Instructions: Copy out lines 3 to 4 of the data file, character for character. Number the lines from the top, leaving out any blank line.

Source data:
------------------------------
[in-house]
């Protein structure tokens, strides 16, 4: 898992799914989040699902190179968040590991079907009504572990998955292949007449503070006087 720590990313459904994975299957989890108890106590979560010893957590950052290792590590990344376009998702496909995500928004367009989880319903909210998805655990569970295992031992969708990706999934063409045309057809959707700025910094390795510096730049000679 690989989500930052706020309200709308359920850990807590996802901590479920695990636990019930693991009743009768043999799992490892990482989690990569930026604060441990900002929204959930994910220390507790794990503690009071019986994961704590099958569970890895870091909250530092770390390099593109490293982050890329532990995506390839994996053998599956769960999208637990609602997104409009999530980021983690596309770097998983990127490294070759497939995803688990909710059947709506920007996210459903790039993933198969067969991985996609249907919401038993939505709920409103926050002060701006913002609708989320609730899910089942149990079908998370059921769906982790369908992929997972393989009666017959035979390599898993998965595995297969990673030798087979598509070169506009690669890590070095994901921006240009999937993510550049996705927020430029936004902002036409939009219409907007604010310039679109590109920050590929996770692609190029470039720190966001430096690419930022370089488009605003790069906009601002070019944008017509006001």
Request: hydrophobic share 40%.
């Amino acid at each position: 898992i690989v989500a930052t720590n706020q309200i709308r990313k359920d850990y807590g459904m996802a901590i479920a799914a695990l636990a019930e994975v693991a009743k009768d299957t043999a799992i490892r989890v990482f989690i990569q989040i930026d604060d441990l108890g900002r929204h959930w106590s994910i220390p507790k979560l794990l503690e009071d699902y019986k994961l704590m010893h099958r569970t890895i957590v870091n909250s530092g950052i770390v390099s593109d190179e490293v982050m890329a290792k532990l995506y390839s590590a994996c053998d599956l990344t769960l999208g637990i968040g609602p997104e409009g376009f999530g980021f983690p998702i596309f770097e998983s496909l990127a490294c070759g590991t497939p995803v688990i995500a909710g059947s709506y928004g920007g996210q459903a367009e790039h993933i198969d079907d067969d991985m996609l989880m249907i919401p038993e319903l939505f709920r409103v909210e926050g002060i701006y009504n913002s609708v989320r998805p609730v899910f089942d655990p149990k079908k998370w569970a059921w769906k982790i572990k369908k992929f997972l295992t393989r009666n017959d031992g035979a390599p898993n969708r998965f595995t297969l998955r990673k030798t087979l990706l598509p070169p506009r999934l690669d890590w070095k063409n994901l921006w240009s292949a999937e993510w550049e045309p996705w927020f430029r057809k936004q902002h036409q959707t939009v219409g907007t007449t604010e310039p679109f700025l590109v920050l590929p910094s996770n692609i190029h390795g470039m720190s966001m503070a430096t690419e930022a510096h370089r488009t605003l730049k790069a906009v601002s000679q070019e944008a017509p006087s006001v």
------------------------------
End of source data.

Request: hydrophobic share 40%.
């Amino acid at each position: 898992i690989v989500a930052t720590n706020q309200i709308r990313k359920d850990y807590g459904m996802a901590i479920a799914a695990l636990a019930e994975v693991a009743k009768d299957t043999a799992i490892r989890v990482f989690i990569q989040i930026d604060d441990l108890g900002r929204h959930w106590s994910i220390p507790k979560l794990l503690e009071d699902y019986k994961l704590m010893h099958r569970t890895i957590v870091n909250s530092g950052i770390v390099s593109d190179e490293v982050m890329a290792k532990l995506y390839s590590a994996c053998d599956l990344t769960l999208g637990i968040g609602p997104e409009g376009f999530g980021f983690p998702i596309f770097e998983s496909l990127a490294c070759g590991t497939p995803v688990i995500a909710g059947s709506y928004g920007g996210q459903a367009e790039h993933i198969d079907d067969d991985m996609l989880m249907i919401p038993e319903l939505f709920r409103v909210e926050g002060i701006y009504n913002s609708v989320r998805p609730v899910f089942d655990p149990k079908k998370w569970a059921w769906k982790i572990k369908k992929f997972l295992t393989r009666n017959d031992g035979a390599p898993n969708r998965f595995t297969l998955r990673k030798t087979l990706l598509p070169p506009r999934l690669d890590w070095k063409n994901l921006w240009s292949a999937e993510w550049e045309p996705w927020f430029r057809k936004q902002h036409q959707t939009v219409g907007t007449t604010e310039p679109f700025l590109v920050l590929p910094s996770n692609i190029h390795g470039m720190s966001m503070a430096t690419e930022a510096h370089r488009t605003l730049k790069a906009v601002s000679q070019e944008a017509p006087s006001v």